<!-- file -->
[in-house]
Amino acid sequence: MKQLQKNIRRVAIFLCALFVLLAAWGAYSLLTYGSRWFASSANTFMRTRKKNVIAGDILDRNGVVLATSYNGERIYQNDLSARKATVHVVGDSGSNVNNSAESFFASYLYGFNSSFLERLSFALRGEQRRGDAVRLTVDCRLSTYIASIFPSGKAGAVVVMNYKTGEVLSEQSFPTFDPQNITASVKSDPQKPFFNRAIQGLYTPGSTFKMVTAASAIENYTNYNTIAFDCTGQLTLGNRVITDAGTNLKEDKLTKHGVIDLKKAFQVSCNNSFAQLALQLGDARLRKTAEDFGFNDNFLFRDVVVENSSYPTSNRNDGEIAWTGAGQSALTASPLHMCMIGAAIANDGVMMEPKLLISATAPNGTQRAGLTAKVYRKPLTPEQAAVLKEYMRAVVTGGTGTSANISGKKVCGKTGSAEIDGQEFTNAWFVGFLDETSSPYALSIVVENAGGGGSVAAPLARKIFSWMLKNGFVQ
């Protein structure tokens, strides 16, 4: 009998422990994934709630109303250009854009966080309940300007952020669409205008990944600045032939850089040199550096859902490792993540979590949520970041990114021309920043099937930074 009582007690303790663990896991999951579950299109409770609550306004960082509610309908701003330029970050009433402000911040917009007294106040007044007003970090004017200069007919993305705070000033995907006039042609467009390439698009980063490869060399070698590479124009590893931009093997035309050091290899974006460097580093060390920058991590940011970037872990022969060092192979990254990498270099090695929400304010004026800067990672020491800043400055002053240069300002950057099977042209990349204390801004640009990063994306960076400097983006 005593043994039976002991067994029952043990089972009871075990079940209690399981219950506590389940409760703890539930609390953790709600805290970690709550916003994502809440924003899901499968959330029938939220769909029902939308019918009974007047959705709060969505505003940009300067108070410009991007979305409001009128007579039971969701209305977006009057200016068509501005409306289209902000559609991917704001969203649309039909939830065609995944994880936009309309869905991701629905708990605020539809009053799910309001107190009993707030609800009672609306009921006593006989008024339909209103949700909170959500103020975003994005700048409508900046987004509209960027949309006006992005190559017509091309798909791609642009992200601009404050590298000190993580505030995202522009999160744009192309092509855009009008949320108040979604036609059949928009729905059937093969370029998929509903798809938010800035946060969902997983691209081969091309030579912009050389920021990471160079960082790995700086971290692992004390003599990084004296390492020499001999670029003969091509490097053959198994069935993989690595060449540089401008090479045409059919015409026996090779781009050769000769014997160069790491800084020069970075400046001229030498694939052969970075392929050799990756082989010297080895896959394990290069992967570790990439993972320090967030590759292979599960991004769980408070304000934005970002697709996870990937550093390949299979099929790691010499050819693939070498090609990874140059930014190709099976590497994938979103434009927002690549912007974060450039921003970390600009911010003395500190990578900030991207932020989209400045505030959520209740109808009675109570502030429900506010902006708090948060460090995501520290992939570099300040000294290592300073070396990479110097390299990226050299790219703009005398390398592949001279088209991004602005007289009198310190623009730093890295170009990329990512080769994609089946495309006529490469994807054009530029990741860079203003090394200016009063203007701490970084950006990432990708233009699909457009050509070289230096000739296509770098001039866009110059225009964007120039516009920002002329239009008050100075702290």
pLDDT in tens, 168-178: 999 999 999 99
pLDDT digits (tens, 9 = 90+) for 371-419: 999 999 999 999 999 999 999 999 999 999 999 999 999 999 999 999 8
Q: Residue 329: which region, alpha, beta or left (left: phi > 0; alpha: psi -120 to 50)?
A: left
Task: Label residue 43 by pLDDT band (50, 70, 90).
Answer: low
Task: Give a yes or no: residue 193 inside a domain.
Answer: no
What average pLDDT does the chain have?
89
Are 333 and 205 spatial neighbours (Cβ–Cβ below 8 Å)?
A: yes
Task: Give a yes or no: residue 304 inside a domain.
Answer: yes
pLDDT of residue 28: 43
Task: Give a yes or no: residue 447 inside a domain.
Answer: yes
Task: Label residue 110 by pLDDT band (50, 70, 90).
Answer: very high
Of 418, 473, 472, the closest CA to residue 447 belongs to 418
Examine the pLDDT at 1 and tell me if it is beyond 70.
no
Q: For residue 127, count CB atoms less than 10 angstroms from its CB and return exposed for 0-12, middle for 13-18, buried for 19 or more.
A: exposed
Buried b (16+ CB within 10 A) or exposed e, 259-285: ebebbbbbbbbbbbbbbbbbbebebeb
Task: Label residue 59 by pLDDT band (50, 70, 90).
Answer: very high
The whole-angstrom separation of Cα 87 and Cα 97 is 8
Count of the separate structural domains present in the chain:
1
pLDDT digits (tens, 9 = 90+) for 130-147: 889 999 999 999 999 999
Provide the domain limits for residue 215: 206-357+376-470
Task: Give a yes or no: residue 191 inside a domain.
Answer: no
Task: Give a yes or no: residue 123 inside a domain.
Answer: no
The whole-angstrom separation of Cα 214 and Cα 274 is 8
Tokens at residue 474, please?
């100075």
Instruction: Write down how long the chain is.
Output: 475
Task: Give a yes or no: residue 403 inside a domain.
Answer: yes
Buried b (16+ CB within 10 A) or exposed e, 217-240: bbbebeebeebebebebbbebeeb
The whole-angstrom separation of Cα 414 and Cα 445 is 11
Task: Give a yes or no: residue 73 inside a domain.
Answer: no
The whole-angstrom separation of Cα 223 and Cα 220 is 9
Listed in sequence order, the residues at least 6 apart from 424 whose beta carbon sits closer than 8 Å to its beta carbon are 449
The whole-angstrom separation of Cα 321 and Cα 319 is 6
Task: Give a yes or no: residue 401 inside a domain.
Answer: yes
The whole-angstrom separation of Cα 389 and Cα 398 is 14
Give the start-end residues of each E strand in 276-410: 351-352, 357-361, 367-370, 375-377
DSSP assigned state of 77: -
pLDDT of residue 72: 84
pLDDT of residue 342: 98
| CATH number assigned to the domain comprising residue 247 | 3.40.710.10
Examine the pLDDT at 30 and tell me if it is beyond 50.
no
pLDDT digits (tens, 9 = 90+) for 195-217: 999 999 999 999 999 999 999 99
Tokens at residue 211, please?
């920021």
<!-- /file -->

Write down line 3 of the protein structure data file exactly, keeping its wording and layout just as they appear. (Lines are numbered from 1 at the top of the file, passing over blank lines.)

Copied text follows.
């Protein structure tokens, strides 16, 4: 009998422990994934709630109303250009854009966080309940300007952020669409205008990944600045032939850089040199550096859902490792993540979590949520970041990114021309920043099937930074 009582007690303790663990896991999951579950299109409770609550306004960082509610309908701003330029970050009433402000911040917009007294106040007044007003970090004017200069007919993305705070000033995907006039042609467009390439698009980063490869060399070698590479124009590893931009093997035309050091290899974006460097580093060390920058991590940011970037872990022969060092192979990254990498270099090695929400304010004026800067990672020491800043400055002053240069300002950057099977042209990349204390801004640009990063994306960076400097983006 005593043994039976002991067994029952043990089972009871075990079940209690399981219950506590389940409760703890539930609390953790709600805290970690709550916003994502809440924003899901499968959330029938939220769909029902939308019918009974007047959705709060969505505003940009300067108070410009991007979305409001009128007579039971969701209305977006009057200016068509501005409306289209902000559609991917704001969203649309039909939830065609995944994880936009309309869905991701629905708990605020539809009053799910309001107190009993707030609800009672609306009921006593006989008024339909209103949700909170959500103020975003994005700048409508900046987004509209960027949309006006992005190559017509091309798909791609642009992200601009404050590298000190993580505030995202522009999160744009192309092509855009009008949320108040979604036609059949928009729905059937093969370029998929509903798809938010800035946060969902997983691209081969091309030579912009050389920021990471160079960082790995700086971290692992004390003599990084004296390492020499001999670029003969091509490097053959198994069935993989690595060449540089401008090479045409059919015409026996090779781009050769000769014997160069790491800084020069970075400046001229030498694939052969970075392929050799990756082989010297080895896959394990290069992967570790990439993972320090967030590759292979599960991004769980408070304000934005970002697709996870990937550093390949299979099929790691010499050819693939070498090609990874140059930014190709099976590497994938979103434009927002690549912007974060450039921003970390600009911010003395500190990578900030991207932020989209400045505030959520209740109808009675109570502030429900506010902006708090948060460090995501520290992939570099300040000294290592300073070396990479110097390299990226050299790219703009005398390398592949001279088209991004602005007289009198310190623009730093890295170009990329990512080769994609089946495309006529490469994807054009530029990741860079203003090394200016009063203007701490970084950006990432990708233009699909457009050509070289230096000739296509770098001039866009110059225009964007120039516009920002002329239009008050100075702290």